Latitude; 22°37.9 S
Longitude; 151°51.1 E
Distance run in the last 24hrs; 62.6 NM
Average speed; 2.6kn
During lunch there is a call for the engineer, Mark as he has a fish on his line. We run up on deck and Mark starts pulling in his line with a beaming smile, it takes a couple of minutes to realise that there is something amiss. Mark’s face sinks when he sees that he hasn’t quite got the catch of the day. It looks as though Captain Ross is back to his old tricks; Mark pulls over his lure and attached to it is his thong. Coincidentally when Cook anchored off Great Keppel Island he was also unsuccessful in catching any fish, as he writes in his diary.
It is a beautiful afternoon, the sun is shining and the sea is still. It is not ideal sailing weather but there are no complaints, as we carry out our daily maintenance tasks. As the sun starts to set, the sky is a striking burnt orange and casts a pleasant ambience onboard. The sun is setting in the middle of two Islands and right on cue a line-up of crew with their cameras
ready to snap the picture perfect moment.
On deck at 2030 it is a pretty rare moment; you can see the Milky Way and Southern Cross so clearly it is spectacular. The sea is completely flat with not a single ripple, at the same time deep on the horizon you can see a squall with lightening casting eerie shadows from the clouds. You forget you are out at sea, it is more like being on a lake with the stillness. As you can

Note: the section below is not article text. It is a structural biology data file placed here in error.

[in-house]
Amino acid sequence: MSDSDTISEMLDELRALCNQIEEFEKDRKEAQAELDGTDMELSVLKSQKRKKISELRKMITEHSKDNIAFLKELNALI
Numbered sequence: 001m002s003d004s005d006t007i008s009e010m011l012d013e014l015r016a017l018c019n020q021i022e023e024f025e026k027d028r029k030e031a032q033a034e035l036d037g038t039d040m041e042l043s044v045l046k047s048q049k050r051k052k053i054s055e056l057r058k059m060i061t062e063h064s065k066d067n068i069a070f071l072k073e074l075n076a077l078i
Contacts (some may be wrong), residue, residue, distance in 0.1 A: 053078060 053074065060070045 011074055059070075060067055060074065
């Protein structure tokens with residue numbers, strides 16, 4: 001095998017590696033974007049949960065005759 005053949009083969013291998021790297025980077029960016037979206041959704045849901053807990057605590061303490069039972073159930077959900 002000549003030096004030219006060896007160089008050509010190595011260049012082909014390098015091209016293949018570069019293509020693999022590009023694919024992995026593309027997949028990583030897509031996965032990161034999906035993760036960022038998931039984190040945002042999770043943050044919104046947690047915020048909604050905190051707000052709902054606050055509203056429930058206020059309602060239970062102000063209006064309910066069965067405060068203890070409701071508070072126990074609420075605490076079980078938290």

imagine this is all because there is a distinct lack of wind, we are officially becalmed.
The wind gradually starts to blow slightly at 2300 and we start making way, albeit slowly. During the night we have two containers pass closely by, when they pass the reason becomes clear as camera flashes go off from their bridge.
This morning brings fine weather and the wind has continued to strength during the night to 10 – 15 knots. I have a call this morning to come on deck for the ideal photo moment, when I get on deck there is Steve fast asleep with a chalk outline around him. I get a feeling that the crew are feeling a little mischievous this voyage.
At 1100 all hand are called on deck for ship manoeuvre drills. Firstly we warm up by wearing ship a couple of times to get the crew used to their positions and line handling. We then attempt to tack which is when you bring the ships head to wind and across it, so as to bring the wind on the opposite side of the vessel. It is a tricky manoeuvre on a ship like
Endeavour, because of her size and scale. We take three attempts with no success, although we are very close on the third attempt.